402.01

AMS Soil Ejectors

AMS Soil Ejectors

Description

The AMS soil ejector snaps inside the slot of the probe and slides up as the sample enters the probe.

Features

  • Fixed ejector
  • Designed to stay inside the slot of the probe
  • Only available for 7/8" soil probes
Your Price
$36.10
Drop ships from manufacturer

Shipping Information
Return Policy
Why Buy From Fondriest?
Image Part # Product Description Price Stock Order
AMS Soil Ejectors 402.01 Soil Ejector for 7/8" X 21" Soil Probe
$36.10
Drop ships from manufacturer
AMS Soil Ejectors 402.02 Soil Ejector for 7/8" X 33" Soil Probe
$37.10
Drop ships from manufacturer

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You don’t have to look far to find one of the Earth’s biggest contributors of atmospheric carbon — just scoop up a handful of dirt. Microbes living in the soil release 10 times more carbon into the atmosphere than humans worldwide. This doesn’t let humans off the hook, however, as anthropogenic activity can drastically impact the rate of this emission. New research from the Yale School of Forestry and Environmental Studies reveals that healthy and diverse soil communities can mitigate the feedback effect that occurs between climate change and soil respiration. A paper detailing the findings was published online in the Proceedings of the National Academy of Sciences .

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Army Corps of Engineers Protects River Wildlife

A complex series of locks and dams up and down the Ohio River enable interstate commerce, travel and recreation by maintaining a usable pathway for watercraft, but come with the inevitable byproducts of disrupting the river’s natural systems. To combat this, the U.S. Army Corps of Engineers uses a complex monitoring and response technology designed to minimize the negative impacts of dredging on the river ecosystem. Steven Foster, a limnologist with the Corps Water Quality Team, works at the Robert C. Byrd Lock and Dam in Gallipolis Ferry, West Virginia. He said one key area he focuses on is the welfare of mussels in the river. River dredging can smother mussel beds, so Foster and the team of engineers monitor the beds to ensure their safety.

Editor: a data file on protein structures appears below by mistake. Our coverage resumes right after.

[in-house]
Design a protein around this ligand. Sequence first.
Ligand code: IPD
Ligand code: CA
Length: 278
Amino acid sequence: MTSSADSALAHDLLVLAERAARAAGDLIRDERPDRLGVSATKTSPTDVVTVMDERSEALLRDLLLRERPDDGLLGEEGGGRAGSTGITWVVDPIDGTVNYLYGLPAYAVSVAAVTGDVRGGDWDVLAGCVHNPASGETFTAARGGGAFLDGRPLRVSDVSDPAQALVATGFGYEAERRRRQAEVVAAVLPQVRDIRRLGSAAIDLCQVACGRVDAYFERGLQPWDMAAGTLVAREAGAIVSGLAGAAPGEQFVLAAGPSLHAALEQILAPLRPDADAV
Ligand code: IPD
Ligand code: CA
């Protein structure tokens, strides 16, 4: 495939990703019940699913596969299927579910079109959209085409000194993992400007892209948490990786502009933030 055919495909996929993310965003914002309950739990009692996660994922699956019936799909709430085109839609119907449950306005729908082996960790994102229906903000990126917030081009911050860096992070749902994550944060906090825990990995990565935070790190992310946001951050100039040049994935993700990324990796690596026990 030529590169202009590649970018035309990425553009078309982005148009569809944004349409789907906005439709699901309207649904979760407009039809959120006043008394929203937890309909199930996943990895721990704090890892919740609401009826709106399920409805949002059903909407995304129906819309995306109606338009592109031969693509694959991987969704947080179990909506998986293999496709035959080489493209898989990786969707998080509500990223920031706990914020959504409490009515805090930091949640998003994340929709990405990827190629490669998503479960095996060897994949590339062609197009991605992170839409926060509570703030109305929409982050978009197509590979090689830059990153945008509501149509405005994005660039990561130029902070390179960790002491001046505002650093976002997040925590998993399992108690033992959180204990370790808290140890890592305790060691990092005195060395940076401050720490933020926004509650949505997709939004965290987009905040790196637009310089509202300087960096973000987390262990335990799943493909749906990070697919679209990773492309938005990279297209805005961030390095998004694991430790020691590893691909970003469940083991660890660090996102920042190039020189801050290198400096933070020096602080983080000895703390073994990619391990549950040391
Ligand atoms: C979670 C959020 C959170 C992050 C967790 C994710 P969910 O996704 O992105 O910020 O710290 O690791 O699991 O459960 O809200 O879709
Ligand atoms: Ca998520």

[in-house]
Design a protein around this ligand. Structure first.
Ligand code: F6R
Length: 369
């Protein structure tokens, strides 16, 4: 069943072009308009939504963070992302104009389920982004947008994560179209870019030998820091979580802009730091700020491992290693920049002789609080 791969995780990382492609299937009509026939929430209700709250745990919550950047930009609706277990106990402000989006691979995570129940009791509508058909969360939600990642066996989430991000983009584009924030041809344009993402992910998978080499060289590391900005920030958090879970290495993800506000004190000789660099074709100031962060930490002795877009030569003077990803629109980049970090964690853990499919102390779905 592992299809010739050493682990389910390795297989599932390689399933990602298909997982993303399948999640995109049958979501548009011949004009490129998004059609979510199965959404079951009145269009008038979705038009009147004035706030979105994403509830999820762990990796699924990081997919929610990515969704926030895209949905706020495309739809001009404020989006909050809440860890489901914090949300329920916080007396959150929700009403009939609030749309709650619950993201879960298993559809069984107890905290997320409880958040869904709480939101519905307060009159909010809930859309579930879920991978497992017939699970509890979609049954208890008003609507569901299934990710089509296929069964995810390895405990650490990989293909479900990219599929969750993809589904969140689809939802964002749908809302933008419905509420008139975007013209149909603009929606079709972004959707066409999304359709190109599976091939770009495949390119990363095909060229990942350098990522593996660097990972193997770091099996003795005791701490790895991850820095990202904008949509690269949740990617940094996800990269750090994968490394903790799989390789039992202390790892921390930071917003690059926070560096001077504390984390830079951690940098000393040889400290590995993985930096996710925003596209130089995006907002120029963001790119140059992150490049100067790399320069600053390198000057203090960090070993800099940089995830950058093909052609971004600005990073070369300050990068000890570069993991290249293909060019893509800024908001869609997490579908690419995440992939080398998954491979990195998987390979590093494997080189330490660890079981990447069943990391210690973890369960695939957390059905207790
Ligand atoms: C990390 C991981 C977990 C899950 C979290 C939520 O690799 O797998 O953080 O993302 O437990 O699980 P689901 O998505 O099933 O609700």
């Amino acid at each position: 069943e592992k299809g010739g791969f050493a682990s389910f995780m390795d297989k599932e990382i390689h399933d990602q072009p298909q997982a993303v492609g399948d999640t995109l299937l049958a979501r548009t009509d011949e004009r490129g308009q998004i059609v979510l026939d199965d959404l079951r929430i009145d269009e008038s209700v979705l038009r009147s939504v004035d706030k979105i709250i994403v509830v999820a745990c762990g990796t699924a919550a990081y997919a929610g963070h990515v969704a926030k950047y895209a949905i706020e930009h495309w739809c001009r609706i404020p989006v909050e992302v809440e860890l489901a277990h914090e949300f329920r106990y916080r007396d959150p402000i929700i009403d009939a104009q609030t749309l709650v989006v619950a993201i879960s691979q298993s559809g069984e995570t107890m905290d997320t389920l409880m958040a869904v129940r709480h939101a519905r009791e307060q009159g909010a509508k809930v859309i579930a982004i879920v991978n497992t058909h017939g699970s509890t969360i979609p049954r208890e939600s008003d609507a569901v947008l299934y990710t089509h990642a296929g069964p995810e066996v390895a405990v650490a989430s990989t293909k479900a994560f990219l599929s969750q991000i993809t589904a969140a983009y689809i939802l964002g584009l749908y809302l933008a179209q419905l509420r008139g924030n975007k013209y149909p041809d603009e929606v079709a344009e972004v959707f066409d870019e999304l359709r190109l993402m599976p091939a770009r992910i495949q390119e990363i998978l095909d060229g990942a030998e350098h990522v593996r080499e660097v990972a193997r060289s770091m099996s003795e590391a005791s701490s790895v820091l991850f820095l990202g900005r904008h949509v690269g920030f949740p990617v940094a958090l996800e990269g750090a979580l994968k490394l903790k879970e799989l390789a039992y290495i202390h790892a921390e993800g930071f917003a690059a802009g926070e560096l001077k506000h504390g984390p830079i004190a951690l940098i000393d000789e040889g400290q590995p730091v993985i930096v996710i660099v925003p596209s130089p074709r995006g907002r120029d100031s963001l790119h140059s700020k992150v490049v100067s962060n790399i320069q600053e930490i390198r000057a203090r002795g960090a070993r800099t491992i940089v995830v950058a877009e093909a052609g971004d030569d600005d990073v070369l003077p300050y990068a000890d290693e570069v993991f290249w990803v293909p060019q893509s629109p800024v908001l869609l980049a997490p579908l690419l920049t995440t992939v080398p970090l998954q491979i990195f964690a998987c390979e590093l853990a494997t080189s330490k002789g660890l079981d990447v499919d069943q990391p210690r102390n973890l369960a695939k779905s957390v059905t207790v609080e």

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Researchers Track Glacial Meltwater On Its Surprising Journey

While the scientific community has formed its consensus on how ice sheets are shrinking in and around Greenland, some researchers are tracking what happens to the meltwater as it drains into the ocean each summer. Their study, published in Nature Geoscience by an interdisciplinary team of biologists, oceanographers and hydrologists, used computer models to simulate the meltwater to see where currents take it and what effect it could have on the ocean. Renato Castelao, one of the researchers and an associate professor of marine science for the University of Georgia, said one of the biggest discoveries of the study was the surprising final destinations of the ice sheets as they melt into the ocean each summer.

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